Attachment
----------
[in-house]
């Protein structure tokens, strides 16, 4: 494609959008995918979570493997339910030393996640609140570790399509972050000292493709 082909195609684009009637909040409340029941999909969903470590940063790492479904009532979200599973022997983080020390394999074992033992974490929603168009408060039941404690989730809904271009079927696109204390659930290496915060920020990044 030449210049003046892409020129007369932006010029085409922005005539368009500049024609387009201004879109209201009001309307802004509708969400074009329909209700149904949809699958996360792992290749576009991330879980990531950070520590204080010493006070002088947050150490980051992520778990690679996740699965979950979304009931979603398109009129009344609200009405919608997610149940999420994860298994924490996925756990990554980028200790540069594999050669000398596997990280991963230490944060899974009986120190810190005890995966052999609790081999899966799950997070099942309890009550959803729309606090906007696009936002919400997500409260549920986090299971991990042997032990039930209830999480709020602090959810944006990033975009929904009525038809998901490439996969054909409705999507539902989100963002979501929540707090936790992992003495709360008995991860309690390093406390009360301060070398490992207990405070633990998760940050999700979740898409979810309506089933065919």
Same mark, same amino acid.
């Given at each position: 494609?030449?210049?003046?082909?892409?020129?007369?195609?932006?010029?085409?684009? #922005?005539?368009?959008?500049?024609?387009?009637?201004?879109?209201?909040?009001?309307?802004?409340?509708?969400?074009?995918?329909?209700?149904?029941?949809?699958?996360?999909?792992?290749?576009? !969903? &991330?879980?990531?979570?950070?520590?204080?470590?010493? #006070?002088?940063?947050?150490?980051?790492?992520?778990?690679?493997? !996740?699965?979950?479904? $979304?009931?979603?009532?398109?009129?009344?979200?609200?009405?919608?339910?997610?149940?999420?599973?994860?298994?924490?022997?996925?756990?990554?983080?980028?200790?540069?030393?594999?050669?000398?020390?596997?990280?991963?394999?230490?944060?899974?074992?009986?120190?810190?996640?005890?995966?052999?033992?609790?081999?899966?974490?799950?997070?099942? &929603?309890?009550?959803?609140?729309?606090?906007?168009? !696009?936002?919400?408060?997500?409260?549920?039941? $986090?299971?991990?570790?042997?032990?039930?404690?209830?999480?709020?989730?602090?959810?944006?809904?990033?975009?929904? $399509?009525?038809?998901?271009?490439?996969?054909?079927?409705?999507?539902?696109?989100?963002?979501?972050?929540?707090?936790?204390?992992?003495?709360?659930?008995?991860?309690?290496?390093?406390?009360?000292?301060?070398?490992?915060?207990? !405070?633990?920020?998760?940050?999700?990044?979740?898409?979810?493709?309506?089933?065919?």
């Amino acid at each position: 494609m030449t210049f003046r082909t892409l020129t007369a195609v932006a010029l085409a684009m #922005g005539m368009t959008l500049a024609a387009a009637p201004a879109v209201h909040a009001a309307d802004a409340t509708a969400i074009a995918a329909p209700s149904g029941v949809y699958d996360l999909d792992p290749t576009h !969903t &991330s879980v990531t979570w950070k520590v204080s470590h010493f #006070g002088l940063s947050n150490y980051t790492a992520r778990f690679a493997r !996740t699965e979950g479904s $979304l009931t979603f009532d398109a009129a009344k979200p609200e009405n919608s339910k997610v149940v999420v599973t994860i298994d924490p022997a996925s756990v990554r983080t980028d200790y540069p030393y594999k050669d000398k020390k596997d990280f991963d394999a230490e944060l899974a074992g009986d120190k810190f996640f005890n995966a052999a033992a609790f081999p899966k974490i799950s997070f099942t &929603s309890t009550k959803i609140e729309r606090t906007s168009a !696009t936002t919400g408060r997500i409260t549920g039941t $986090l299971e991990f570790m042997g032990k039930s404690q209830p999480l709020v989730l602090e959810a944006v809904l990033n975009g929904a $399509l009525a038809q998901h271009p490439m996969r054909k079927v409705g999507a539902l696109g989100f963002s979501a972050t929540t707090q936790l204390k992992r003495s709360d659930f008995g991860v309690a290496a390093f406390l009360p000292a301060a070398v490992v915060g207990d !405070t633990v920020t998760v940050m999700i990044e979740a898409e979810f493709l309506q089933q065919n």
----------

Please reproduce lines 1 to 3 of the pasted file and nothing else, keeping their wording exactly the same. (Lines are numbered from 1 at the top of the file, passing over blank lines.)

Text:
[in-house]
């Protein structure tokens, strides 16, 4: 494609959008995918979570493997339910030393996640609140570790399509972050000292493709 082909195609684009009637909040409340029941999909969903470590940063790492479904009532979200599973022997983080020390394999074992033992974490929603168009408060039941404690989730809904271009079927696109204390659930290496915060920020990044 030449210049003046892409020129007369932006010029085409922005005539368009500049024609387009201004879109209201009001309307802004509708969400074009329909209700149904949809699958996360792992290749576009991330879980990531950070520590204080010493006070002088947050150490980051992520778990690679996740699965979950979304009931979603398109009129009344609200009405919608997610149940999420994860298994924490996925756990990554980028200790540069594999050669000398596997990280991963230490944060899974009986120190810190005890995966052999609790081999899966799950997070099942309890009550959803729309606090906007696009936002919400997500409260549920986090299971991990042997032990039930209830999480709020602090959810944006990033975009929904009525038809998901490439996969054909409705999507539902989100963002979501929540707090936790992992003495709360008995991860309690390093406390009360301060070398490992207990405070633990998760940050999700979740898409979810309506089933065919």
Same mark, same amino acid.